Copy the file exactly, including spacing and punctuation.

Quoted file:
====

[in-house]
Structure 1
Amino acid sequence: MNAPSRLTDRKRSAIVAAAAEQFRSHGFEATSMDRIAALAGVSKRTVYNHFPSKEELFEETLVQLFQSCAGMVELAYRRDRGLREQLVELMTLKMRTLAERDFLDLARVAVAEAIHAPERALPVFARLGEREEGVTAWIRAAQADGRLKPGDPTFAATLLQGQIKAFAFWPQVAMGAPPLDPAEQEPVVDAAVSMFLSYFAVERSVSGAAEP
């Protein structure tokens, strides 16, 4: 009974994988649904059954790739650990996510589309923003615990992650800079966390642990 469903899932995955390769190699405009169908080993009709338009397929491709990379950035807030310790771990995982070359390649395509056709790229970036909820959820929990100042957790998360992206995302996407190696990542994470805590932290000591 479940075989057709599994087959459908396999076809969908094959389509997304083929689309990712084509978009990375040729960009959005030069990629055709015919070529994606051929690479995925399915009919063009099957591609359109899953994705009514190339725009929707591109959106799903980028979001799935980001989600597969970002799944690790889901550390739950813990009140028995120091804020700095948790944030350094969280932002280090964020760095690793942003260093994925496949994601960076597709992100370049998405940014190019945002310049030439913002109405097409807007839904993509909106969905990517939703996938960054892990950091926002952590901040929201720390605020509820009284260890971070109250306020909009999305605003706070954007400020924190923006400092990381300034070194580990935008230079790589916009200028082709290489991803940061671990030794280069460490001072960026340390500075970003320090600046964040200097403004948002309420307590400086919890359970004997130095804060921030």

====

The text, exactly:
[in-house]
Structure 1
Amino acid sequence: MNAPSRLTDRKRSAIVAAAAEQFRSHGFEATSMDRIAALAGVSKRTVYNHFPSKEELFEETLVQLFQSCAGMVELAYRRDRGLREQLVELMTLKMRTLAERDFLDLARVAVAEAIHAPERALPVFARLGEREEGVTAWIRAAQADGRLKPGDPTFAATLLQGQIKAFAFWPQVAMGAPPLDPAEQEPVVDAAVSMFLSYFAVERSVSGAAEP
């Protein structure tokens, strides 16, 4: 009974994988649904059954790739650990996510589309923003615990992650800079966390642990 469903899932995955390769190699405009169908080993009709338009397929491709990379950035807030310790771990995982070359390649395509056709790229970036909820959820929990100042957790998360992206995302996407190696990542994470805590932290000591 479940075989057709599994087959459908396999076809969908094959389509997304083929689309990712084509978009990375040729960009959005030069990629055709015919070529994606051929690479995925399915009919063009099957591609359109899953994705009514190339725009929707591109959106799903980028979001799935980001989600597969970002799944690790889901550390739950813990009140028995120091804020700095948790944030350094969280932002280090964020760095690793942003260093994925496949994601960076597709992100370049998405940014190019945002310049030439913002109405097409807007839904993509909106969905990517939703996938960054892990950091926002952590901040929201720390605020509820009284260890971070109250306020909009999305605003706070954007400020924190923006400092990381300034070194580990935008230079790589916009200028082709290489991803940061671990030794280069460490001072960026340390500075970003320090600046964040200097403004948002309420307590400086919890359970004997130095804060921030």